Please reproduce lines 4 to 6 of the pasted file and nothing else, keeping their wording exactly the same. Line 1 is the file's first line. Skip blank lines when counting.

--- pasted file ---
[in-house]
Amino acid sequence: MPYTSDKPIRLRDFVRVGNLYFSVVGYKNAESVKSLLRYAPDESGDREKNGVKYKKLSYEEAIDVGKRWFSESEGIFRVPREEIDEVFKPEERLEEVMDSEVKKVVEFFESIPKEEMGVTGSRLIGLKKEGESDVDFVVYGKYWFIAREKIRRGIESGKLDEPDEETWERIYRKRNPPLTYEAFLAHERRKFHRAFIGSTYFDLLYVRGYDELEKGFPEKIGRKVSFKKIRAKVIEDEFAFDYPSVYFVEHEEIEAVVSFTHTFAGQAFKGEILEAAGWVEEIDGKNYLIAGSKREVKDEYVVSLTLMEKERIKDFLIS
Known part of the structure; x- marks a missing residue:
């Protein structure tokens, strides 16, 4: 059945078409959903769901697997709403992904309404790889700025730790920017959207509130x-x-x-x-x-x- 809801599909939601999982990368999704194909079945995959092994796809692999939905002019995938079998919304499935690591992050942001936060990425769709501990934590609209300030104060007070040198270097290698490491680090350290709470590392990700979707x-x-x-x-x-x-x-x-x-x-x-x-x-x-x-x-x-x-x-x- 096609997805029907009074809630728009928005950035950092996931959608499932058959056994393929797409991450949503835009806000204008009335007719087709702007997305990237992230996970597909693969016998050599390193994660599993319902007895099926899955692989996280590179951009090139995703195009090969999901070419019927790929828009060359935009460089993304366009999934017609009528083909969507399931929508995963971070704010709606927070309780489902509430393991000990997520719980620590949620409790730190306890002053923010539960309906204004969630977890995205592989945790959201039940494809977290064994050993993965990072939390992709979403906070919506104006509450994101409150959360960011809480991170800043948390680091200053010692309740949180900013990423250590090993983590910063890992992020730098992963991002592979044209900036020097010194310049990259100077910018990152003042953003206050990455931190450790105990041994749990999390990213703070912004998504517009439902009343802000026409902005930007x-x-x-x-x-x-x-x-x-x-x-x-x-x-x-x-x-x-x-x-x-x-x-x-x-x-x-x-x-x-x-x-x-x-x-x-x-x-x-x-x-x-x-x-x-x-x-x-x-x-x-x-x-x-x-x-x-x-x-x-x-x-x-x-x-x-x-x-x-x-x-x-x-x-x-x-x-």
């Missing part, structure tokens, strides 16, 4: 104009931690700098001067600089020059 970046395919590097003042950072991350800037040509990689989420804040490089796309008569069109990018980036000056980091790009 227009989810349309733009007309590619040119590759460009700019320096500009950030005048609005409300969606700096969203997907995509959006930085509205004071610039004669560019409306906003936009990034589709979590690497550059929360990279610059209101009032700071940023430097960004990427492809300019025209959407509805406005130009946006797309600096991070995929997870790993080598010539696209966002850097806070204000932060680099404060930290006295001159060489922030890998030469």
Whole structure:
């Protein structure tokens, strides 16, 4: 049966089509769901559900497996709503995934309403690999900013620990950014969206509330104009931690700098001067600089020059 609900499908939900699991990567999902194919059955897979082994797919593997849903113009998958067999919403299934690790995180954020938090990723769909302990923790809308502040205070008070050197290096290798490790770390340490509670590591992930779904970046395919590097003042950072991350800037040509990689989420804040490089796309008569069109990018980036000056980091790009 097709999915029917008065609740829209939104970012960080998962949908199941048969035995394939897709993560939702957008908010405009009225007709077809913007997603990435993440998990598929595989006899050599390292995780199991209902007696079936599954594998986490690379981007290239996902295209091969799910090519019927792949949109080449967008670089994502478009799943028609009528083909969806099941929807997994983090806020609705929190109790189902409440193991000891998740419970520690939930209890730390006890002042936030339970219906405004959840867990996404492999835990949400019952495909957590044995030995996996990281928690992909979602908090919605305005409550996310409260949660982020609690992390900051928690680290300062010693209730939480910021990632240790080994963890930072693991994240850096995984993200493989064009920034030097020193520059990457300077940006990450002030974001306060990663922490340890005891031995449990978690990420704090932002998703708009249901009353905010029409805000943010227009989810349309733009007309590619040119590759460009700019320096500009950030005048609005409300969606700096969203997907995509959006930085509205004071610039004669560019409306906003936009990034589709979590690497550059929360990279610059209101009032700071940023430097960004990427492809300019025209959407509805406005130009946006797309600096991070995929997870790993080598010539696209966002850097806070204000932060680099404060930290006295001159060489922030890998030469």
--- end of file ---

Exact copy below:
């Protein structure tokens, strides 16, 4: 059945078409959903769901697997709403992904309404790889700025730790920017959207509130x-x-x-x-x-x- 809801599909939601999982990368999704194909079945995959092994796809692999939905002019995938079998919304499935690591992050942001936060990425769709501990934590609209300030104060007070040198270097290698490491680090350290709470590392990700979707x-x-x-x-x-x-x-x-x-x-x-x-x-x-x-x-x-x-x-x- 096609997805029907009074809630728009928005950035950092996931959608499932058959056994393929797409991450949503835009806000204008009335007719087709702007997305990237992230996970597909693969016998050599390193994660599993319902007895099926899955692989996280590179951009090139995703195009090969999901070419019927790929828009060359935009460089993304366009999934017609009528083909969507399931929508995963971070704010709606927070309780489902509430393991000990997520719980620590949620409790730190306890002053923010539960309906204004969630977890995205592989945790959201039940494809977290064994050993993965990072939390992709979403906070919506104006509450994101409150959360960011809480991170800043948390680091200053010692309740949180900013990423250590090993983590910063890992992020730098992963991002592979044209900036020097010194310049990259100077910018990152003042953003206050990455931190450790105990041994749990999390990213703070912004998504517009439902009343802000026409902005930007x-x-x-x-x-x-x-x-x-x-x-x-x-x-x-x-x-x-x-x-x-x-x-x-x-x-x-x-x-x-x-x-x-x-x-x-x-x-x-x-x-x-x-x-x-x-x-x-x-x-x-x-x-x-x-x-x-x-x-x-x-x-x-x-x-x-x-x-x-x-x-x-x-x-x-x-x-």
């Missing part, structure tokens, strides 16, 4: 104009931690700098001067600089020059 970046395919590097003042950072991350800037040509990689989420804040490089796309008569069109990018980036000056980091790009 227009989810349309733009007309590619040119590759460009700019320096500009950030005048609005409300969606700096969203997907995509959006930085509205004071610039004669560019409306906003936009990034589709979590690497550059929360990279610059209101009032700071940023430097960004990427492809300019025209959407509805406005130009946006797309600096991070995929997870790993080598010539696209966002850097806070204000932060680099404060930290006295001159060489922030890998030469």
Whole structure: